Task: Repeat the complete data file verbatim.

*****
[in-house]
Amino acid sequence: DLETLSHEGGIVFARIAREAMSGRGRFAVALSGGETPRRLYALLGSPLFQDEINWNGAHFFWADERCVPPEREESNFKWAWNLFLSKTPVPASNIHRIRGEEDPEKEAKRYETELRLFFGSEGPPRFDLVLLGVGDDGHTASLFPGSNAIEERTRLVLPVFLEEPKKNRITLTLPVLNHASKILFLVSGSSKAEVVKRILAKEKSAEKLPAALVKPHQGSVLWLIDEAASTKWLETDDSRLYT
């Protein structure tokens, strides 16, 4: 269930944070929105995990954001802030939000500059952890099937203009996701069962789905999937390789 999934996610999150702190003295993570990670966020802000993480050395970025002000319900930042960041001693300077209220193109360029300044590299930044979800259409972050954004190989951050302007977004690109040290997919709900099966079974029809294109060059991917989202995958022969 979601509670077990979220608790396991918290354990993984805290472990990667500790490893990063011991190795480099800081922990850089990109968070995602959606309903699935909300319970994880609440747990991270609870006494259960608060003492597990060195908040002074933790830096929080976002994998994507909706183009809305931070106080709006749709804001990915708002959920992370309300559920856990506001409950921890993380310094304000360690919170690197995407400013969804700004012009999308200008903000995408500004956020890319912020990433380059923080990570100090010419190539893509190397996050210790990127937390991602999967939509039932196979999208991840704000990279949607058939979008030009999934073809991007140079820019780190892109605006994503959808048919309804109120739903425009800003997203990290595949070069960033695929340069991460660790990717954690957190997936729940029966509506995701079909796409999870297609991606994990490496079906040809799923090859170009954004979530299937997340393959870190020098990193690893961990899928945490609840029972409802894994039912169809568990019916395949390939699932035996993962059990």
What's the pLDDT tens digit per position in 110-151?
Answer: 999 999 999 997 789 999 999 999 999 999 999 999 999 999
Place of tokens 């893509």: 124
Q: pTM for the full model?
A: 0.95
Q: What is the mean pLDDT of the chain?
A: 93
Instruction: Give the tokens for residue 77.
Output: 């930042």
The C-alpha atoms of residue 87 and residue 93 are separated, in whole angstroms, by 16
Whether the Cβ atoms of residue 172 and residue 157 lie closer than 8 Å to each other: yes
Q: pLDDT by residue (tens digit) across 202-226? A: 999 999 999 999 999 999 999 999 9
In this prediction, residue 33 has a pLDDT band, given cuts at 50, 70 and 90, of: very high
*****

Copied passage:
[in-house]
Amino acid sequence: DLETLSHEGGIVFARIAREAMSGRGRFAVALSGGETPRRLYALLGSPLFQDEINWNGAHFFWADERCVPPEREESNFKWAWNLFLSKTPVPASNIHRIRGEEDPEKEAKRYETELRLFFGSEGPPRFDLVLLGVGDDGHTASLFPGSNAIEERTRLVLPVFLEEPKKNRITLTLPVLNHASKILFLVSGSSKAEVVKRILAKEKSAEKLPAALVKPHQGSVLWLIDEAASTKWLETDDSRLYT
């Protein structure tokens, strides 16, 4: 269930944070929105995990954001802030939000500059952890099937203009996701069962789905999937390789 999934996610999150702190003295993570990670966020802000993480050395970025002000319900930042960041001693300077209220193109360029300044590299930044979800259409972050954004190989951050302007977004690109040290997919709900099966079974029809294109060059991917989202995958022969 979601509670077990979220608790396991918290354990993984805290472990990667500790490893990063011991190795480099800081922990850089990109968070995602959606309903699935909300319970994880609440747990991270609870006494259960608060003492597990060195908040002074933790830096929080976002994998994507909706183009809305931070106080709006749709804001990915708002959920992370309300559920856990506001409950921890993380310094304000360690919170690197995407400013969804700004012009999308200008903000995408500004956020890319912020990433380059923080990570100090010419190539893509190397996050210790990127937390991602999967939509039932196979999208991840704000990279949607058939979008030009999934073809991007140079820019780190892109605006994503959808048919309804109120739903425009800003997203990290595949070069960033695929340069991460660790990717954690957190997936729940029966509506995701079909796409999870297609991606994990490496079906040809799923090859170009954004979530299937997340393959870190020098990193690893961990899928945490609840029972409802894994039912169809568990019916395949390939699932035996993962059990």
What's the pLDDT tens digit per position in 110-151?
Answer: 999 999 999 997 789 999 999 999 999 999 999 999 999 999
Place of tokens 């893509």: 124
Q: pTM for the full model?
A: 0.95
Q: What is the mean pLDDT of the chain?
A: 93
Instruction: Give the tokens for residue 77.
Output: 């930042």
The C-alpha atoms of residue 87 and residue 93 are separated, in whole angstroms, by 16
Whether the Cβ atoms of residue 172 and residue 157 lie closer than 8 Å to each other: yes
Q: pLDDT by residue (tens digit) across 202-226? A: 999 999 999 999 999 999 999 999 9
In this prediction, residue 33 has a pLDDT band, given cuts at 50, 70 and 90, of: very high